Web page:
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Subject: Medium density fiberboard

Medium density fiberboard

From: Craig Oleszewski <artengel>
Date: Saturday, June 21, 2003
Harriet Woolmore <harriet.woolmore [at] cls__glasgow__gov__uk> writes

>It is my understanding that MDF (Medium Density Fibre board) is not
>used in museums in the United States of America for both
>conservation and health and safety reasons. At Glasgow Museums,  MDF
>is widely used both in the construction of and as dress panels
>inside display cases. ...

MDF is considered a poor choice for exhibit-case and packing-crate
construction largely because the binders and even the wood fibers
themselves will emit formaldehyde and formic acid long after
construction. These low-molecular weight compounds are difficult to
scavenge from the air and will tend to accumulate in a tightly
sealed enclosure. Adding a high-humidity environment with silica
gel, or by other means will further aggravate the situation. I'd
also be concerned about any important display materials left in
direct contact with MDF for very long. If used on its own in an open
space with normal ventilation, MDF is probably no worse than
commercial carpeting or many other typical building materials.

There are products sold here in the US under the trade-names of
Medex, or Medite-2. These are also medium-density fiberboards, and
they cut and tool in the same fashion, but they are manufactured
with an acrylic binder. The wood fibers themselves will still emit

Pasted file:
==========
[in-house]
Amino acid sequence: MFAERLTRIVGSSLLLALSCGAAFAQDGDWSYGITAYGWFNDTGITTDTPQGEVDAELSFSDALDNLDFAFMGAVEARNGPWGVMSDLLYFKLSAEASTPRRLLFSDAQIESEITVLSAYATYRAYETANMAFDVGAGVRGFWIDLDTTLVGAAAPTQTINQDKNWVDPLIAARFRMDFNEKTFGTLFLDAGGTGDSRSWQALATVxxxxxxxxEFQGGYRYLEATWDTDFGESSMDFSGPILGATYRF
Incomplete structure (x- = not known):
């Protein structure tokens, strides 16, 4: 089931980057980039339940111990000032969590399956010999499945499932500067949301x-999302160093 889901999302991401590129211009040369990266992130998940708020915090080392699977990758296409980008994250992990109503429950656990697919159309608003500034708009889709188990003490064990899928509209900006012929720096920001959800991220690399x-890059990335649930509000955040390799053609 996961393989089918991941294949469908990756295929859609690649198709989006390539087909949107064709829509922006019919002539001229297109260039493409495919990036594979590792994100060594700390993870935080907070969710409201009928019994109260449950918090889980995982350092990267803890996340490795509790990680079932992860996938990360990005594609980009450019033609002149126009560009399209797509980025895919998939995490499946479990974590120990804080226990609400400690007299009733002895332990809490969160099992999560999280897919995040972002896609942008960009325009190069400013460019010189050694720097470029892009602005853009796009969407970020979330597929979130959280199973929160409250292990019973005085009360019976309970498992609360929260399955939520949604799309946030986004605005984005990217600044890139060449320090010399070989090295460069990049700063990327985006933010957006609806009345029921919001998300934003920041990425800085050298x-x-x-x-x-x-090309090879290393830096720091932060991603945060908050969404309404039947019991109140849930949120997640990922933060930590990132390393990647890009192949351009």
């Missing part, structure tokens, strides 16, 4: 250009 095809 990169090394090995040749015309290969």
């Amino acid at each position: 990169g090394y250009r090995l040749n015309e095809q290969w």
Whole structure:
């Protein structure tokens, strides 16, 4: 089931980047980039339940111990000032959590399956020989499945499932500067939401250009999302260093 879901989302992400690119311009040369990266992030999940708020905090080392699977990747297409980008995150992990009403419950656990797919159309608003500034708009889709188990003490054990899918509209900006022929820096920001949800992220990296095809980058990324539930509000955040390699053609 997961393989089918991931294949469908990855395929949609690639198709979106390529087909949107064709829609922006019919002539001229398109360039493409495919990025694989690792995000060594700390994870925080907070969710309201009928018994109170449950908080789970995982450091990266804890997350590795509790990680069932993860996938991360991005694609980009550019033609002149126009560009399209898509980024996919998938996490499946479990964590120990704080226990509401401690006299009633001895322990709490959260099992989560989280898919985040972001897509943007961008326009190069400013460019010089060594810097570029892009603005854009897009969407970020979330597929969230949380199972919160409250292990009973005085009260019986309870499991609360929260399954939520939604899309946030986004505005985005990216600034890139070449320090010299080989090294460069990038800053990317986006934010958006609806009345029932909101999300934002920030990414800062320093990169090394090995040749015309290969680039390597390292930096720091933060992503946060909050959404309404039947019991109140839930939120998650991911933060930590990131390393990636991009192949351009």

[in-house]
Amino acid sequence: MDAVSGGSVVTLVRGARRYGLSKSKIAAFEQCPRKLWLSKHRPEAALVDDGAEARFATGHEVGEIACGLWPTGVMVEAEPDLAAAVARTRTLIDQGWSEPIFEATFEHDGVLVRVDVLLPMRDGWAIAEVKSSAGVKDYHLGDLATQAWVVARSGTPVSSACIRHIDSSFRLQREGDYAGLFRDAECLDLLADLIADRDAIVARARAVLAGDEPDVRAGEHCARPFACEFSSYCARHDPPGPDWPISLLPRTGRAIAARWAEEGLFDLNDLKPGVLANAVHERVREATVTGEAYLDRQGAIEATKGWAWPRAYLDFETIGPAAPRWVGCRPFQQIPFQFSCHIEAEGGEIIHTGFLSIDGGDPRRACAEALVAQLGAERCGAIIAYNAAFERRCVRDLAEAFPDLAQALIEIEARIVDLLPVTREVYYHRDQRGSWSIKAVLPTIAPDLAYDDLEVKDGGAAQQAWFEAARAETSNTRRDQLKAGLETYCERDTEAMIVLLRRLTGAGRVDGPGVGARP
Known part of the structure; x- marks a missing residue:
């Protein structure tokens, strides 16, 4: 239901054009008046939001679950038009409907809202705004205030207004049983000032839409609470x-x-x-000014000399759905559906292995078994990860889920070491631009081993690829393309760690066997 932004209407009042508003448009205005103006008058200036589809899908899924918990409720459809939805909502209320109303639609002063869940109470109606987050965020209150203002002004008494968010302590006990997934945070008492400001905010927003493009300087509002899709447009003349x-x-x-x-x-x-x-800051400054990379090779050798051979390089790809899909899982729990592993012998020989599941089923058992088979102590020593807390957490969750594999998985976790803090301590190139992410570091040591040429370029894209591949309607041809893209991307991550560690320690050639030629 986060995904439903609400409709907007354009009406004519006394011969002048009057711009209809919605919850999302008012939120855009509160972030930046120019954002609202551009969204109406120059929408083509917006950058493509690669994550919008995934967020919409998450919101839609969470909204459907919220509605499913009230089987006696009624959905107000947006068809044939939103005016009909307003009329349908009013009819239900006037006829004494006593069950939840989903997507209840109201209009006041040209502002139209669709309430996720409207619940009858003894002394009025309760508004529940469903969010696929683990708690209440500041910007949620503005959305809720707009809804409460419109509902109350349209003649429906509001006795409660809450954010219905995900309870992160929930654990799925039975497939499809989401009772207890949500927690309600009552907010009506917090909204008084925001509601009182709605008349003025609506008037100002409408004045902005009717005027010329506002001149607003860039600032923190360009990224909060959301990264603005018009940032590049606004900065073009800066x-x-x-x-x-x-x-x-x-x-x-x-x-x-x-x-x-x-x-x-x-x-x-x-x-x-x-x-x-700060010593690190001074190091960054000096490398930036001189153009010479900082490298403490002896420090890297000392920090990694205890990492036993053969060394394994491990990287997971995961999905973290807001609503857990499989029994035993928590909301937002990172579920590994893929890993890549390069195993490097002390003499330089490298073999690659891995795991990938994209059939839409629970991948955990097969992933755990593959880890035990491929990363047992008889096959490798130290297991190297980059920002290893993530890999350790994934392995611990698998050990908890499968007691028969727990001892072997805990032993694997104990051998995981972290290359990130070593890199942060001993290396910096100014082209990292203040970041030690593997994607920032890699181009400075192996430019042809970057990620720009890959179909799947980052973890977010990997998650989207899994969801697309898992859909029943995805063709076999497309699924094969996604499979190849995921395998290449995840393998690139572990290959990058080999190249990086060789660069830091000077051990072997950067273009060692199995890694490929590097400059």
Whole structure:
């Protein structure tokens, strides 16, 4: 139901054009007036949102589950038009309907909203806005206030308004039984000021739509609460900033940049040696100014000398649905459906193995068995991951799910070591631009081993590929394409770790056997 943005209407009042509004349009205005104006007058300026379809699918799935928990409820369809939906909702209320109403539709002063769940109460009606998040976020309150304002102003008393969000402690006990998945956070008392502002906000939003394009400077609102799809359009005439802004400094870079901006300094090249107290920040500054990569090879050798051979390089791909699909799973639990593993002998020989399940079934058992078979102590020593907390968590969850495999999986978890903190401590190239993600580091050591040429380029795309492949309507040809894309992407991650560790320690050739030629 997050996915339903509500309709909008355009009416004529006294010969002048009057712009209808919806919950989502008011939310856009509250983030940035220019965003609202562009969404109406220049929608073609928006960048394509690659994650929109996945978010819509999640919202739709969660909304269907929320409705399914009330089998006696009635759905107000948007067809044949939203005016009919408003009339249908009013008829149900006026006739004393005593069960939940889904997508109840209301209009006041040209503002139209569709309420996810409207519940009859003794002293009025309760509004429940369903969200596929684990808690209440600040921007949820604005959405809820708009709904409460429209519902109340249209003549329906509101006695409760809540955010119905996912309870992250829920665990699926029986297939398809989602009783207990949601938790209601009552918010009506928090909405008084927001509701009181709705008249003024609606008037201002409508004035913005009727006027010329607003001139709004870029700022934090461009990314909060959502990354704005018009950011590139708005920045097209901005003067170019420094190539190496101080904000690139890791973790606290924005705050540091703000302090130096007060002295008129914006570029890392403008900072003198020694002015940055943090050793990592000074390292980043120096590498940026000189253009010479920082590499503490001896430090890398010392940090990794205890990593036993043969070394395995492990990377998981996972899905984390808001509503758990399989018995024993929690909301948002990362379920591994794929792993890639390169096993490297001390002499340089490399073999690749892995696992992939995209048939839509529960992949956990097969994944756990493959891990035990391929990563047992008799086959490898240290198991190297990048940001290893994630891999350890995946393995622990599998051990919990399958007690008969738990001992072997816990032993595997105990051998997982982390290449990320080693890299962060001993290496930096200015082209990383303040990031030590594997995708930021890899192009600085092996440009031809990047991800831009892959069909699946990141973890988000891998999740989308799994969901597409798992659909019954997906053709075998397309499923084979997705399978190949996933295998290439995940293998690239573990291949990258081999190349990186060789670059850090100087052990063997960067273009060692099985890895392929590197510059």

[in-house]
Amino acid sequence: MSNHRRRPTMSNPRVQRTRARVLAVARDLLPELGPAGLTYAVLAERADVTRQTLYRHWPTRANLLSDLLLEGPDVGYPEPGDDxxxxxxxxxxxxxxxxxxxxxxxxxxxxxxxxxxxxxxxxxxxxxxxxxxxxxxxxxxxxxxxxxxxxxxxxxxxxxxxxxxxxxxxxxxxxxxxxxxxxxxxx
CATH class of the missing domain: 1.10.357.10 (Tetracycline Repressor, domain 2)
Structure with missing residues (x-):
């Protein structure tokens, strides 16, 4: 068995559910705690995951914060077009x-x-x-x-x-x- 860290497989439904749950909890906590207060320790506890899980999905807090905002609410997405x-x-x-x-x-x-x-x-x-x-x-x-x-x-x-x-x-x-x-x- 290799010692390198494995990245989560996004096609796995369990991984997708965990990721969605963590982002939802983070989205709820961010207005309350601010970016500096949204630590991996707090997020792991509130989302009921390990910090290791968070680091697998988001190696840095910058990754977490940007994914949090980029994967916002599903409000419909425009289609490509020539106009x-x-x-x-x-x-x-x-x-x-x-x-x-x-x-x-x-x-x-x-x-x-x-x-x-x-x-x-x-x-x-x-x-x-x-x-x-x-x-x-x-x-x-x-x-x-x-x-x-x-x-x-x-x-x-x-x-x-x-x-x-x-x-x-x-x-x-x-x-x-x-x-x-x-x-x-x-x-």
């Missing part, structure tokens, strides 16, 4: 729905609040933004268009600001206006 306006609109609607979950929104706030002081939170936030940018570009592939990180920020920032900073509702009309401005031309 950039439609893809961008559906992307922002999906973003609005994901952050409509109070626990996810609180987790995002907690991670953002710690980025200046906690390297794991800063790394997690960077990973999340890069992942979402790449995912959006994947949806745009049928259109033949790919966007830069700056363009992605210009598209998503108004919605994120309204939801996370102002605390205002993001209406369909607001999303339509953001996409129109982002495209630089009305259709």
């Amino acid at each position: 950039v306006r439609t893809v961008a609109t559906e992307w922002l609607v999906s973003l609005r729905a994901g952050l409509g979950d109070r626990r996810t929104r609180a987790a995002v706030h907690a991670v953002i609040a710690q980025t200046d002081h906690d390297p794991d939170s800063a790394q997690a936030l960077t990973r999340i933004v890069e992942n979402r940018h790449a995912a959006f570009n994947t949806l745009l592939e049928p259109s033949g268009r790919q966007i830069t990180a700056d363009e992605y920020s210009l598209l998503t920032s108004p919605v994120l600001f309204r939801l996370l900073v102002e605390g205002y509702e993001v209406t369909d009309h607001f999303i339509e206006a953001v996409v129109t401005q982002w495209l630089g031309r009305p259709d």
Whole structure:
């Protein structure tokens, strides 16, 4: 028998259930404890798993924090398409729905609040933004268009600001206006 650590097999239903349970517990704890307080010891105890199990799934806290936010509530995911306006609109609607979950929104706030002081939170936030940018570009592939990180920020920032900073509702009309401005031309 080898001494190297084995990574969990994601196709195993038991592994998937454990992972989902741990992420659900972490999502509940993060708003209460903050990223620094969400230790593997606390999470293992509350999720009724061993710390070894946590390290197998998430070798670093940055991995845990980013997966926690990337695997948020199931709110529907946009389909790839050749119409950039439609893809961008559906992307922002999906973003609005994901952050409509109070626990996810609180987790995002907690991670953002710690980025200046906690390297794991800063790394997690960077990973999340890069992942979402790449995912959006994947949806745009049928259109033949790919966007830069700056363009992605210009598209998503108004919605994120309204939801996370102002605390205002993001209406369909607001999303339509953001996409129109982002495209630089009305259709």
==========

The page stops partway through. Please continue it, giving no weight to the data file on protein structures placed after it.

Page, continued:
trace amounts of formaldehyde and formic acid, but most will remain
entrained in the matrix of the material. The US supplier is Sierra
Pine: <URL:>

There is another product called MDO (Medium Density Overlay). This
is a plywood that uses an acrylic resin as a binder rather than the
nasty phenolic resins normally associated with plywood manufacture.
Here, the only threat is the naked surface of the wood itself (often
covered with a thin kraft paper), which can be equally nasty in a
tightly sealed enclosure. I've heard equivalent things said about
Marine plywood and other products that are used for outdoor signs
and such. All are more expensive than plain old MDF, but not too
much more expensive. Again, the problems are in applications that
involve a tightly sealed enclosure (like an exhibit case) or direct
contact with objects. Using such materials in an open room with
normal ventilation should not be a problem.

If you are still tempted to use MDF, just go to the shop where they
are cutting it and take a whiff! It's pretty repulsive stuff.

Craig Oleszewski
New York City

                  Conservation DistList Instance 17:4
                   Distributed: Monday, June 23, 2003
                        Message Id: cdl-17-4-012
Received on Saturday, 21 June, 2003

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